bill aims to help homeless, former foster students | News

WASHINGTON — Homeless students at community and technical colleges across the state will get the help they need if HB 1601 becomes law.

If passed, the bill would provide homeless students and students coming out of the foster care system with assistance to access laundry facilities, showers, changing rooms, food banks , technology, discounted meals or meal plans, case management services, and short-term housing/housing assistance.

“It keeps people from graduating or getting into a career. It hurts our students, our institutions and our local communities,” D-University Place Rep. Mari Leavitt said Jan. 11 at the House College and Workforce Development Committee hearing.

Leavitt added that this program will help many homeless people and former homestay students for years to come, as well as the many businesses that need employees.

The same assistance is widely available at universities across the state, but many community and technical colleges lack the funds to meet the growing need for services.

A pilot program to test the effectiveness of the program was implemented in 2019 and was successful, according to Leavitt. Participating institutions had higher retention rates within their homeless and former foster populations. South Puget Sound Community College, for example, has recorded a 76% retention rate for students in its program which provides students with a fully furnished apartment.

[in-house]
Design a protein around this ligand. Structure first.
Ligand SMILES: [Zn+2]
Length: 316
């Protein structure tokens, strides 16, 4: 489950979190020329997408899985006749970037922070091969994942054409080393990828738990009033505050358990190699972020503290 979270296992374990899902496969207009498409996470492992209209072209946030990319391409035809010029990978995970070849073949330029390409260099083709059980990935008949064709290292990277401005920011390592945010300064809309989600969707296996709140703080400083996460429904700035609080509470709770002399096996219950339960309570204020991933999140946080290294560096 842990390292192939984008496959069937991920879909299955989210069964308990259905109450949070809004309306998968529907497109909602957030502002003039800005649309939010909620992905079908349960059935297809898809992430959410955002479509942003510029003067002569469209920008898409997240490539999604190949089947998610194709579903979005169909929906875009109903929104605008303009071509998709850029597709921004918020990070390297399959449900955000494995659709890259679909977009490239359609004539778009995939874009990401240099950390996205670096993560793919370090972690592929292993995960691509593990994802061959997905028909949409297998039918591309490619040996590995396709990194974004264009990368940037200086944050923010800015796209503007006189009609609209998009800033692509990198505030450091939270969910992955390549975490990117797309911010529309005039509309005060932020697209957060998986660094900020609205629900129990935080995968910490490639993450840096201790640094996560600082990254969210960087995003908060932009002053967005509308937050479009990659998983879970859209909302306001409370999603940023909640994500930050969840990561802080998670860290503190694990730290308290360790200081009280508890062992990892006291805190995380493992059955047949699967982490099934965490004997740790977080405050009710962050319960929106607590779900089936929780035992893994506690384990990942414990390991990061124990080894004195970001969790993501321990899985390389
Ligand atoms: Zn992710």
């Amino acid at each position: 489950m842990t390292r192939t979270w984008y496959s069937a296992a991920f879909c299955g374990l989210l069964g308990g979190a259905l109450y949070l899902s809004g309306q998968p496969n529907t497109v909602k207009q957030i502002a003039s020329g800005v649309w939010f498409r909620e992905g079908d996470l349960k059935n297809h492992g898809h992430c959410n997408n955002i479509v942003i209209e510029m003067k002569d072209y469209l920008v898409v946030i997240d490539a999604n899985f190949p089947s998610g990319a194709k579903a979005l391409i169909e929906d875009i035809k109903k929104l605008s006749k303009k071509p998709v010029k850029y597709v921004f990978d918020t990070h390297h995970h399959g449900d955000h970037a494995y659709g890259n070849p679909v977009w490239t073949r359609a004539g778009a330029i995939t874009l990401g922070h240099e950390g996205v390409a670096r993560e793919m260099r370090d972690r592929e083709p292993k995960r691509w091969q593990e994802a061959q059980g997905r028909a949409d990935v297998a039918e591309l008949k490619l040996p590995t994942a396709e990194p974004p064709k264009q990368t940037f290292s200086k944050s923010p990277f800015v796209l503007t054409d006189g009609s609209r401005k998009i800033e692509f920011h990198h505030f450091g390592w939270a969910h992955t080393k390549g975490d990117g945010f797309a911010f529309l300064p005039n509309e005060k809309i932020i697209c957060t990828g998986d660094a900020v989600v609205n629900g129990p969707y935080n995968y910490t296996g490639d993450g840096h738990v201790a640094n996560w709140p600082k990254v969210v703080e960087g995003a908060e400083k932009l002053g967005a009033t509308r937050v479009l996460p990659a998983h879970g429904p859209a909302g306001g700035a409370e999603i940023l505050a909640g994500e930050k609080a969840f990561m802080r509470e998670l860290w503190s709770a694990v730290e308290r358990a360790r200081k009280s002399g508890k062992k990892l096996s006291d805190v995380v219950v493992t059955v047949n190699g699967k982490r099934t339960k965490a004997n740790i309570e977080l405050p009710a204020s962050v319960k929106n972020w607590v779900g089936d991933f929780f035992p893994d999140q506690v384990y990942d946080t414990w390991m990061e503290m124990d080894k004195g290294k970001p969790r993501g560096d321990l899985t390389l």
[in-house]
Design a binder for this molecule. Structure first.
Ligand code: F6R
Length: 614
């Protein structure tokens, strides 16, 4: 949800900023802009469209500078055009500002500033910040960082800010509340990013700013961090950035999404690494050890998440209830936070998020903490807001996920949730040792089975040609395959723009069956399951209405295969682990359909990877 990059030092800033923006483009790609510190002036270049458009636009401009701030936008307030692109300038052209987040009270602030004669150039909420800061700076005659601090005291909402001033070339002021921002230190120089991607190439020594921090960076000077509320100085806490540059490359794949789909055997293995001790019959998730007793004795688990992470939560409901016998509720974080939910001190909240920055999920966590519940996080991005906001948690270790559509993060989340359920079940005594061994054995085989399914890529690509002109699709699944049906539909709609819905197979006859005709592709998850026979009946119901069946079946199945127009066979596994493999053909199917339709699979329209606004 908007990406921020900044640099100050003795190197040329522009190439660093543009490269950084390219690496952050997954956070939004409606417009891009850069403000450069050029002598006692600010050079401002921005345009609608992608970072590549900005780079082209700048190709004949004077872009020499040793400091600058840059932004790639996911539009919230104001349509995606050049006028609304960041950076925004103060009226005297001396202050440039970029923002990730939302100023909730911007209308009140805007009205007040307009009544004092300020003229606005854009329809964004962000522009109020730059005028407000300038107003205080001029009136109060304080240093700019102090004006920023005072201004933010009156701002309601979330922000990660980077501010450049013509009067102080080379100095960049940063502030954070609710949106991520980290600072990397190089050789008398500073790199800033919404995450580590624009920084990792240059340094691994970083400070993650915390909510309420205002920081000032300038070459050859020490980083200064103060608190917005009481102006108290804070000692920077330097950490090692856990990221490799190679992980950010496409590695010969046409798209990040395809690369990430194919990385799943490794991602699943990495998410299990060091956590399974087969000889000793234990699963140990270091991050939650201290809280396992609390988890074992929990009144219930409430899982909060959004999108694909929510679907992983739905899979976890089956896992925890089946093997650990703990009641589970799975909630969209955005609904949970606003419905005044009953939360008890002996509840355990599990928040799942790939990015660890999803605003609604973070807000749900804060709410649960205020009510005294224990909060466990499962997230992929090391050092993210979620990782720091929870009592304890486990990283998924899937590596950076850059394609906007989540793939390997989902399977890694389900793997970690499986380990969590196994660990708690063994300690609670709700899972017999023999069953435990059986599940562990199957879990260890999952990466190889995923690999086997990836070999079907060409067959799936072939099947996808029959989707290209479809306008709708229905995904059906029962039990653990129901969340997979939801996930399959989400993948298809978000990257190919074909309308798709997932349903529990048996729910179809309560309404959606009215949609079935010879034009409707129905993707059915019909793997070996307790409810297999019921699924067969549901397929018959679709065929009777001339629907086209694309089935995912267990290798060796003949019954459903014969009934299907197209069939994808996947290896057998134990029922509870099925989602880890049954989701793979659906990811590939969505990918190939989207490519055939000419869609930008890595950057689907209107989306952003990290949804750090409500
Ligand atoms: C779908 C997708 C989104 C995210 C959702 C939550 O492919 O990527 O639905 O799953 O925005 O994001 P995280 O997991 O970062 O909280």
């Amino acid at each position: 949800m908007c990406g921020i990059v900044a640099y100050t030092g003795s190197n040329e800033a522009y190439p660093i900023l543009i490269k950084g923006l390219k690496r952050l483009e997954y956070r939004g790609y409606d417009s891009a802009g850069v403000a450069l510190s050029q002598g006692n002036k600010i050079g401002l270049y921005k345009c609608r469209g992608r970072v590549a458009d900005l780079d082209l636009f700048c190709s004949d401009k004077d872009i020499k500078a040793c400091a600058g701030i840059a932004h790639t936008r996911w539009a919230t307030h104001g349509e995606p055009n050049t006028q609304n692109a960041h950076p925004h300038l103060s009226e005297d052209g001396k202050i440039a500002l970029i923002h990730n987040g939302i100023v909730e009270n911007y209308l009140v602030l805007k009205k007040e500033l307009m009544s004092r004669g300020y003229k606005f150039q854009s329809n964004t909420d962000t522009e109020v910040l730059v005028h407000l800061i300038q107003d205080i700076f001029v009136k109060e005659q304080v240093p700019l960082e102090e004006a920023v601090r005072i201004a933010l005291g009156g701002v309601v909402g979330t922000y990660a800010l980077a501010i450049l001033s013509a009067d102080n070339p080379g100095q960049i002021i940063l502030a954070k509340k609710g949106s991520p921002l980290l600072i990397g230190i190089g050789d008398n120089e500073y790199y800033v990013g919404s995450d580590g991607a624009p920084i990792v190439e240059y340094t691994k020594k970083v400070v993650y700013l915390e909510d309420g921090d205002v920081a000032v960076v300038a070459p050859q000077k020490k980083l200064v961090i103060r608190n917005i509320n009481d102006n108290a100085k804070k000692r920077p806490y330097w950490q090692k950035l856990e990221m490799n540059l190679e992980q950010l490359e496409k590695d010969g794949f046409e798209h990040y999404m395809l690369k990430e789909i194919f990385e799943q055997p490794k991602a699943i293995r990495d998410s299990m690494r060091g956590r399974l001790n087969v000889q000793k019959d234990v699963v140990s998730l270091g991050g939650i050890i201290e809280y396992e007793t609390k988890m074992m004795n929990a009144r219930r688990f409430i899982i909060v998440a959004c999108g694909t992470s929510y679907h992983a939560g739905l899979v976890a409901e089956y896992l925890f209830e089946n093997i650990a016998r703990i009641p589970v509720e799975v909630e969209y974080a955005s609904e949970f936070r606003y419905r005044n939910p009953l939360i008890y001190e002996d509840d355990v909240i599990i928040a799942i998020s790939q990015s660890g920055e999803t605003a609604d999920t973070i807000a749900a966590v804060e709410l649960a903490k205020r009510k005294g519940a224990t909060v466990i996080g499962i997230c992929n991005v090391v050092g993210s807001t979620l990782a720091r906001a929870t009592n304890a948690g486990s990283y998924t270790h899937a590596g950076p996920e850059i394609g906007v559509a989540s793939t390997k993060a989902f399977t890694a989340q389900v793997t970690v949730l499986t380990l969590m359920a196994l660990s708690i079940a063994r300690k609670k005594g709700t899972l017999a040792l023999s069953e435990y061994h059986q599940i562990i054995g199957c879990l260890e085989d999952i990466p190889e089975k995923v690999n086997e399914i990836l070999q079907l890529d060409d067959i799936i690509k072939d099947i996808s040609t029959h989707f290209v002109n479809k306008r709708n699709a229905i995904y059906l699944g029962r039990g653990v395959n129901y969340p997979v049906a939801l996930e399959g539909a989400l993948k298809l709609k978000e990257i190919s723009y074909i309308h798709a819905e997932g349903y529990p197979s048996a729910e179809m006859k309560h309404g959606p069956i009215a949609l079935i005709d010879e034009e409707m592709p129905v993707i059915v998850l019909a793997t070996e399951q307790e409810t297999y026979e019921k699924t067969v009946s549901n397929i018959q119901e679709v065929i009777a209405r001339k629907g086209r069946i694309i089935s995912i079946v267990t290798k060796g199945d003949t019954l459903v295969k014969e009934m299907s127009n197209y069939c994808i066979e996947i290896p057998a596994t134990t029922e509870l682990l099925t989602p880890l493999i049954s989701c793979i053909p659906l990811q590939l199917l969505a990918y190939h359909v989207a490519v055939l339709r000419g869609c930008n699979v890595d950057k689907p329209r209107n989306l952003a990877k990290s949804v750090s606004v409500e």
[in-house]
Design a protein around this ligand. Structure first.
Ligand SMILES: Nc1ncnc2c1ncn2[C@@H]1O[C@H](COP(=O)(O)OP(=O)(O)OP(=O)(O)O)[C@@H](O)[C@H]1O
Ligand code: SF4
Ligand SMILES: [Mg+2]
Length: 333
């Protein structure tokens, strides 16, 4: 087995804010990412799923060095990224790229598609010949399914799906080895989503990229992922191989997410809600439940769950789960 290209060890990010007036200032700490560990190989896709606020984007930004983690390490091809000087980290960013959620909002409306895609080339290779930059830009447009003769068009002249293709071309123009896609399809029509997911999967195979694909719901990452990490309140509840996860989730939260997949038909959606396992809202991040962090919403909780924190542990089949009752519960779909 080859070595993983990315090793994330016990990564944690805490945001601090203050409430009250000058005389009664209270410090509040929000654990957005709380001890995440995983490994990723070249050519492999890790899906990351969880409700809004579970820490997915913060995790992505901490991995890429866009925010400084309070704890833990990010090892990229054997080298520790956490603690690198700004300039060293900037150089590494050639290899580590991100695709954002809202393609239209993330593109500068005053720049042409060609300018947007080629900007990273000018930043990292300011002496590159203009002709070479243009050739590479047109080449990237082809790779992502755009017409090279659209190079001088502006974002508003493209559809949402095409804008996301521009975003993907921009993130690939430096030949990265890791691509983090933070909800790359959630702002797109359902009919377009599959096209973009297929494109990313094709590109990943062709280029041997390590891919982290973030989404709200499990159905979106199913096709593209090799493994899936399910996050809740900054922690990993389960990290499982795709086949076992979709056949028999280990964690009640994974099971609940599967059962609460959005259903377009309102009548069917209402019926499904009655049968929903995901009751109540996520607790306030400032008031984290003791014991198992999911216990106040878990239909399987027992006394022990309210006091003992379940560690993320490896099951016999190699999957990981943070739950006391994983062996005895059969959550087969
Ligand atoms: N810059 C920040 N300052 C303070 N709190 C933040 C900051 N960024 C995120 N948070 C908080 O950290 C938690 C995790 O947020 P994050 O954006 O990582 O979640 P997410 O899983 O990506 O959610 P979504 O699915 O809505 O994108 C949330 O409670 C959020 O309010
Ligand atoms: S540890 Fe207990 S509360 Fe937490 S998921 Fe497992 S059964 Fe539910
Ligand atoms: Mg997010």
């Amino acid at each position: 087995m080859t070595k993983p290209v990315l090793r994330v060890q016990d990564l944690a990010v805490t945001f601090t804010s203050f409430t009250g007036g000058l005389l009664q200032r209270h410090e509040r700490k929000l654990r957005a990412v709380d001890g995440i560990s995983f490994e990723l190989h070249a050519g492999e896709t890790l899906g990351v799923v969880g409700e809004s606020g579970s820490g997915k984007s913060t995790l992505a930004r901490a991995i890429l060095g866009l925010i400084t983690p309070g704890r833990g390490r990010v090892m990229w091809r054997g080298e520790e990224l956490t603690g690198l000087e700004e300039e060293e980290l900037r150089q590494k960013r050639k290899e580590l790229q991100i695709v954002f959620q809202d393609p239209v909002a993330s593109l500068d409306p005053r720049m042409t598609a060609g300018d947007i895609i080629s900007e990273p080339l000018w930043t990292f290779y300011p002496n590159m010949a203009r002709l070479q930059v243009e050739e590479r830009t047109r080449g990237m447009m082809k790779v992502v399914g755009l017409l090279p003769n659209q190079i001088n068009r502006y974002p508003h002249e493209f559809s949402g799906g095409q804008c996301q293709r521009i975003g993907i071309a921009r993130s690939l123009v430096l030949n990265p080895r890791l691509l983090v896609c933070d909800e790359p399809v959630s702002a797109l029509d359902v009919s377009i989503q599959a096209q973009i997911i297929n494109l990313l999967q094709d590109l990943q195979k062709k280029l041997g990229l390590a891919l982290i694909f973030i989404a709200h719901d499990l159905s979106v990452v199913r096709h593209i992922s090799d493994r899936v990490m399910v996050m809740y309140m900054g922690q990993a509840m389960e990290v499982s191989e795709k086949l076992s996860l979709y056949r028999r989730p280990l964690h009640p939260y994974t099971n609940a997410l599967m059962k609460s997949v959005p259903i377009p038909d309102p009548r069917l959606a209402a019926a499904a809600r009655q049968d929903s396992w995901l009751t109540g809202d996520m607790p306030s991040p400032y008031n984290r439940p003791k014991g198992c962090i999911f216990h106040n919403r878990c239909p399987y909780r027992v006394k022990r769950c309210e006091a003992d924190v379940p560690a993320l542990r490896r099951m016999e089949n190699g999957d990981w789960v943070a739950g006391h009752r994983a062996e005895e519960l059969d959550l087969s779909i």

Austin Herrera, a student at South Puget Sound Community College and a now-disabled former sailor, spoke movingly as he recounted his experience of homelessness.

“I support this bill because it gives students like me the chance to focus on school instead of having to choose between surviving and studying,” Herrera said.

The House College and Workforce Development Committee will meet again on Thursday, January 13 at 10 a.m. to discuss this bill further.

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